Building fences was one of the significant ongoing jobs on the farm. I do not know who designed them, but the fences visible from North Street were built to look good and last a long time. Post holes were dug down 48 inches and spaced every ten feet, either using an attachment on the back of the tractor or by hand. When the mechanical digger bored into rock or ledge, which often happened, the manual approach with shovel and crowbar was necessary. Occasionally the 48-inch depth could not be achieved, so a chainsaw was used to cut off 6 to 8 inches of the post. The posts had all been soaked in creosote to resist decay. One of the many daily chores was turning the posts that had been soaking upside down in barrels of creosote. Tongs attached to a pulley were used – very carefully – to accomplish this, as creosote touching the skin was to be avoided. Once the posts had been planted in the ground, 2″x 6″ planks were attached to the posts by securing each end with two 6″ lag screws. The planks were painted white and the end result was a solid and attractive barrier.
Growing up on North Street was not entirely about work. During the school year, my energy was primarily focused on schoolwork and sports, along with limited chores before the school bus arrived and upon returning home late in the day. I also mowed lawns for the Stevens and Warren families whose homes were on either side of Hillcrest.
There is one particular boyhood experience that I remember vividly, and have retold numerous times. Dogs and cats were commonly found on most farms, and one day my family ‘inherited’ a small puppy only a few days old. She fit into the palm of your hand and was a cross between a poodle and a Labrador. We took turns feeding the puppy milk through an eye dropper. A few days later our cat delivered a batch of five or six kittens in the hay mow. As was her custom, she had disappeared for a couple of days before finding me and proudly taking me to where the kittens were hidden. At this point my mother suggested that I fill a basket with hay, place the kittens in the basket, and – since it was wintertime – bring the basket into an unused but heated part of our house. While the mother cat was off hunting, we placed the puppy into the basket. They were all so small, it was difficult to tell the difference between the puppy and the kittens. I don’t think the kittens’ eyes were even open. Toward the end of that day, I brought the mother cat into the house and she leaped into the basket. I could not believe the sight of the kittens – and the puppy – nursing so contentedly while she took turns licking each one so naturally. This went on for several weeks, and much to the mother cat’s dismay, the puppy grew at a much faster rate than the kittens. They always remained ‘family’, and I never fully understood the expression “they fight like cats and dogs”.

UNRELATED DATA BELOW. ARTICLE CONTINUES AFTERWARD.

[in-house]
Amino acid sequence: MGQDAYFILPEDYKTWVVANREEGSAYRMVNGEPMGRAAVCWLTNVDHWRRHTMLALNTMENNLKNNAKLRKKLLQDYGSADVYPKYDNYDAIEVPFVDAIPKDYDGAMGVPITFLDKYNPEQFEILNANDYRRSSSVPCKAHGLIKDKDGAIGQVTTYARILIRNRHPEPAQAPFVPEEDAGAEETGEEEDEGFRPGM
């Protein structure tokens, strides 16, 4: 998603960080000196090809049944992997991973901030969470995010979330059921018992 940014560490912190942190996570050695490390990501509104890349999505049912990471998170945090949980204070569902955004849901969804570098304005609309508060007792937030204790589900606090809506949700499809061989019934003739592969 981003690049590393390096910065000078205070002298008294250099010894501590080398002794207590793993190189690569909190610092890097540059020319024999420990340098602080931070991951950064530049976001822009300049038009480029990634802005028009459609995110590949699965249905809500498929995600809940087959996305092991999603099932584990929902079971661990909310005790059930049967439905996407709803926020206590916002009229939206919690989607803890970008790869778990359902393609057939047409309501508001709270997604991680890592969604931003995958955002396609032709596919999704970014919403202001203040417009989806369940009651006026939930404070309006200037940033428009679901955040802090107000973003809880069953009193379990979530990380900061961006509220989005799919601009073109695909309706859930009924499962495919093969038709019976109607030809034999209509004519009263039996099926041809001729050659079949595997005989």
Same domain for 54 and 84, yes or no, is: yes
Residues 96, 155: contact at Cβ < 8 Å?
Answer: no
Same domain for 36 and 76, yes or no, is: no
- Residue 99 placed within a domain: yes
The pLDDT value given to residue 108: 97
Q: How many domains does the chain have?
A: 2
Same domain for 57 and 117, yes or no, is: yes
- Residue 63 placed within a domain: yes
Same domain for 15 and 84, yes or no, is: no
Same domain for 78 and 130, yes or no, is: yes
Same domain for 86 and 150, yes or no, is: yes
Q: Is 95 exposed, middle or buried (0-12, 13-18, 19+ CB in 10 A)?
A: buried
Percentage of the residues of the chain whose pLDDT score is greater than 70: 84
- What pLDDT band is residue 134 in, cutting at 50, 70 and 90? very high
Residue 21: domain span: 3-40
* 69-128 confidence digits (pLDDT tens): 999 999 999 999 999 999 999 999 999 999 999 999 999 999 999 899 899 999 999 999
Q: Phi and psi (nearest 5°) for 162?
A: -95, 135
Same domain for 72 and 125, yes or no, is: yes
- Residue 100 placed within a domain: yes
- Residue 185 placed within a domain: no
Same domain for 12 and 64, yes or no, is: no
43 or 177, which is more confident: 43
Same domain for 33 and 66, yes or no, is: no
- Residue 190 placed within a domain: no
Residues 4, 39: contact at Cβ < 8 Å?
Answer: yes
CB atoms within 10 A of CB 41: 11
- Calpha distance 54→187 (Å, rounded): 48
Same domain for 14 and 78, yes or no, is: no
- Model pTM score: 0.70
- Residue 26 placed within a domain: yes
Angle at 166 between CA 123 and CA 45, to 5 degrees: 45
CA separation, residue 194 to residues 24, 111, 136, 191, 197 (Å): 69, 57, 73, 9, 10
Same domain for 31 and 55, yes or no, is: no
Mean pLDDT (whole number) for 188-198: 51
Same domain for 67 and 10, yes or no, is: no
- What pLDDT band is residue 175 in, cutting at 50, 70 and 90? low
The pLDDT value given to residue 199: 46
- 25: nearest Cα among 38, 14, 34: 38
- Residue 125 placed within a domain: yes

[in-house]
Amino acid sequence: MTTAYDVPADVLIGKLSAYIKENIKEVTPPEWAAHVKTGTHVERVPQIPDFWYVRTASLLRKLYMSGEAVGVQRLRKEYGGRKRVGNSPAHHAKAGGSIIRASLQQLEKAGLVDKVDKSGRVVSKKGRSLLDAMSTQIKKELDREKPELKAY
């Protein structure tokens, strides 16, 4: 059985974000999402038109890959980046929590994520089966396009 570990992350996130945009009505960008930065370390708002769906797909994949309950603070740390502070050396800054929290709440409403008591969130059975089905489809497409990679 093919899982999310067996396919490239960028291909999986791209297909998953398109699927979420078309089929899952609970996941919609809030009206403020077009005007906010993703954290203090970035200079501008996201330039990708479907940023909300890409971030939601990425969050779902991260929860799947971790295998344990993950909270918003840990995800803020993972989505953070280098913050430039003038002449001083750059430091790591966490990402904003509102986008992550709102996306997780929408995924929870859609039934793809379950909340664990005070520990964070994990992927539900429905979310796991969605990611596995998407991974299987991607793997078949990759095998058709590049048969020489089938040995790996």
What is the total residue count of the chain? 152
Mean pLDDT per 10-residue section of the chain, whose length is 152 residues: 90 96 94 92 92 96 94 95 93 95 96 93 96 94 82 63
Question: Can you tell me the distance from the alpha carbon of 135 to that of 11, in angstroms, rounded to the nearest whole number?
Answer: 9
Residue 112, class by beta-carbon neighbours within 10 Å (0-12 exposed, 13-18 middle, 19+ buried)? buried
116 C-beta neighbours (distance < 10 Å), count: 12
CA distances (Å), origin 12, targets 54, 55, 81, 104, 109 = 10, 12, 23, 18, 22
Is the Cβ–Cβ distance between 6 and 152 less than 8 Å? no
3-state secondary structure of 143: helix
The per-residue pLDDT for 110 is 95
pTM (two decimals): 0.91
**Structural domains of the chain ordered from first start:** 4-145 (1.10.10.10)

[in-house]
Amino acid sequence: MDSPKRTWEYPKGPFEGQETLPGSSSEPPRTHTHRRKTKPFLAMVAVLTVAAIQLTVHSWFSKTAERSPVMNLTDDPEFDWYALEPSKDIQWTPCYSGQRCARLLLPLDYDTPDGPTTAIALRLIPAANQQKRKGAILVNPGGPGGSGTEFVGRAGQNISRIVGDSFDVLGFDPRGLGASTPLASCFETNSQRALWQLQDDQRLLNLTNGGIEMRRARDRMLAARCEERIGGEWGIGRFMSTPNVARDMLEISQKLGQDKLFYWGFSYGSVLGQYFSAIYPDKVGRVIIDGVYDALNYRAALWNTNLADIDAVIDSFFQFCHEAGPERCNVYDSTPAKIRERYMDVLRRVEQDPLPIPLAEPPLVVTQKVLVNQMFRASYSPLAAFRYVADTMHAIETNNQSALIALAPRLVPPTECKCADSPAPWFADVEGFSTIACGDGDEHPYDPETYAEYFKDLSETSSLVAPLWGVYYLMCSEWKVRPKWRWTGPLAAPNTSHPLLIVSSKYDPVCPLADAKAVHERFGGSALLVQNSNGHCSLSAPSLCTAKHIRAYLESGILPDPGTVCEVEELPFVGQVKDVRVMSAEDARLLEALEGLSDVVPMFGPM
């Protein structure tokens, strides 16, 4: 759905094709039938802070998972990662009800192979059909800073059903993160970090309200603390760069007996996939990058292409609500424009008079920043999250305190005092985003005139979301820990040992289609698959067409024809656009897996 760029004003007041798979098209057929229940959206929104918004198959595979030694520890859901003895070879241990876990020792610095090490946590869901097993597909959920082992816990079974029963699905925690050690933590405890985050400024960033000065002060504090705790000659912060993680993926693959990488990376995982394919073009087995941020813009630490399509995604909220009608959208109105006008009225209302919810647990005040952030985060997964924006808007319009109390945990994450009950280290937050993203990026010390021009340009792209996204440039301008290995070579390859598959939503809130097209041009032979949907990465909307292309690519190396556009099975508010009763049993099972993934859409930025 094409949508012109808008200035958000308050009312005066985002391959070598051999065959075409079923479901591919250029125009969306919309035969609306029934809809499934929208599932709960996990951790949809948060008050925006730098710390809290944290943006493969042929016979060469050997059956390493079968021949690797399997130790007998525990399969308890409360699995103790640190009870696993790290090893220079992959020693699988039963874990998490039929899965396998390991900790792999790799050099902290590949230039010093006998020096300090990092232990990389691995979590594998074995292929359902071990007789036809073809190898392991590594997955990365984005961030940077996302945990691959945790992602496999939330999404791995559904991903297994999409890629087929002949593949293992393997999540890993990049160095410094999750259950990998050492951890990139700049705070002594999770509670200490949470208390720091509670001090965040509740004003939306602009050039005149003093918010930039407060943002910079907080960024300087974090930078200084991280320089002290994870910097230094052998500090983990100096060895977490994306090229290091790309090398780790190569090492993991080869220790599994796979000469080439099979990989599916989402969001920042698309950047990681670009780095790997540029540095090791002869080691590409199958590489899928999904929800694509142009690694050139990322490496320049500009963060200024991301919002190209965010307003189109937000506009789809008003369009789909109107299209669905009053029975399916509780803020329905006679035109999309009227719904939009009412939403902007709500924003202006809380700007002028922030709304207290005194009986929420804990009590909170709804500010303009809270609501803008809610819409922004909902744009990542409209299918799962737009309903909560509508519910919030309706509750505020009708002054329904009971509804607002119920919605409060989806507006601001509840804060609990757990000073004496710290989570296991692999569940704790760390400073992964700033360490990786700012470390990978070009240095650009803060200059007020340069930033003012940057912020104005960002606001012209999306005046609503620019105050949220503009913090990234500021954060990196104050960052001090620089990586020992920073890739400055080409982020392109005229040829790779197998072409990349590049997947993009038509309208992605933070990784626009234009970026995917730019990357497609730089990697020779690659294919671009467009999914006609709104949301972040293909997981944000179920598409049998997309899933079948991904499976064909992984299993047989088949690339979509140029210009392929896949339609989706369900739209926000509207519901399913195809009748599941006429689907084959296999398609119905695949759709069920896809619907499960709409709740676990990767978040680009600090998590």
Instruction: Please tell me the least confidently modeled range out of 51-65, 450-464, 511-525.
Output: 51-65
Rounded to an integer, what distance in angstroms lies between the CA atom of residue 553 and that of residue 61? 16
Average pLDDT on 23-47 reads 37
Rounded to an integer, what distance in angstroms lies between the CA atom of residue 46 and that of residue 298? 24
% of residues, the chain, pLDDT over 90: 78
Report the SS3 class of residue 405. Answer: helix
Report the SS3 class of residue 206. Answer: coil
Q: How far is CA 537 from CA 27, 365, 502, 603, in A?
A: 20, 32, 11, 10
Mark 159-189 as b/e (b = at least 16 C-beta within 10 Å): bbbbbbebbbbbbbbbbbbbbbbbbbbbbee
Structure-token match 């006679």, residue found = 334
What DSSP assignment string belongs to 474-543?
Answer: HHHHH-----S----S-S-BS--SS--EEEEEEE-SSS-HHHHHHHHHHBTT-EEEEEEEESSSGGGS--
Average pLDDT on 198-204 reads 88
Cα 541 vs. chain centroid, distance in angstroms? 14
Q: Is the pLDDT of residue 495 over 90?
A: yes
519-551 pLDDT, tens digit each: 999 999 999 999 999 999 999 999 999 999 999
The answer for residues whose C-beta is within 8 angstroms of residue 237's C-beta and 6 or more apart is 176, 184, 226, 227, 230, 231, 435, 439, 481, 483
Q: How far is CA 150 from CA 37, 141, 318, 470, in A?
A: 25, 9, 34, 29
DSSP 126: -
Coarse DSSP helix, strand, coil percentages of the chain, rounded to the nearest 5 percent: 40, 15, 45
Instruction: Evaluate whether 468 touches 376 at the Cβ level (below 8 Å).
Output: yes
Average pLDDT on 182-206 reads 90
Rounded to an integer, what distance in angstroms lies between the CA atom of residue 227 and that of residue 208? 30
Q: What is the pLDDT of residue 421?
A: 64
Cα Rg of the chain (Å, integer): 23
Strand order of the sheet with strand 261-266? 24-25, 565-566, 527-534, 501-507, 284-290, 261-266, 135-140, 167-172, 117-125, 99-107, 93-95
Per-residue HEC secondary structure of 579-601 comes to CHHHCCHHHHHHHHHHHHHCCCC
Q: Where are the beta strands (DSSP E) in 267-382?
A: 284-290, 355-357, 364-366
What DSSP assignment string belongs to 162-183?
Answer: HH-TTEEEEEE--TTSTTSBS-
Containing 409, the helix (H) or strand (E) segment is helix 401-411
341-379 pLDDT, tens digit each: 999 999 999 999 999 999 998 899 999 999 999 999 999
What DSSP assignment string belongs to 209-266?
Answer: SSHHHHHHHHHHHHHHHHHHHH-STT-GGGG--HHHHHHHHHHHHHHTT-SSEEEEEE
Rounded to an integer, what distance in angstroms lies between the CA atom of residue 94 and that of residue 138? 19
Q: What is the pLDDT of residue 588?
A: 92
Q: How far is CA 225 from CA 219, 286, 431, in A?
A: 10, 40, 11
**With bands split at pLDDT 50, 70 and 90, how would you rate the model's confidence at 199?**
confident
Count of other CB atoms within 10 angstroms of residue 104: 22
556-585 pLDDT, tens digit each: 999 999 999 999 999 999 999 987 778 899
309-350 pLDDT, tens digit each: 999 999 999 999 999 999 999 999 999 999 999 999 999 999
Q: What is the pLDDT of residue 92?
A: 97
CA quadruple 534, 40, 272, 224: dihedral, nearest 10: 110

My time living, growing up, and working at Hillcrest was an experience that I appreciate more and more with the passing years. The combination of Mother Nature, the land, the animals and the people created an environment of cooperation and responsibility. Hillcrest Farm will always be a special place for me and I will always feel most fortunate to have been raised there.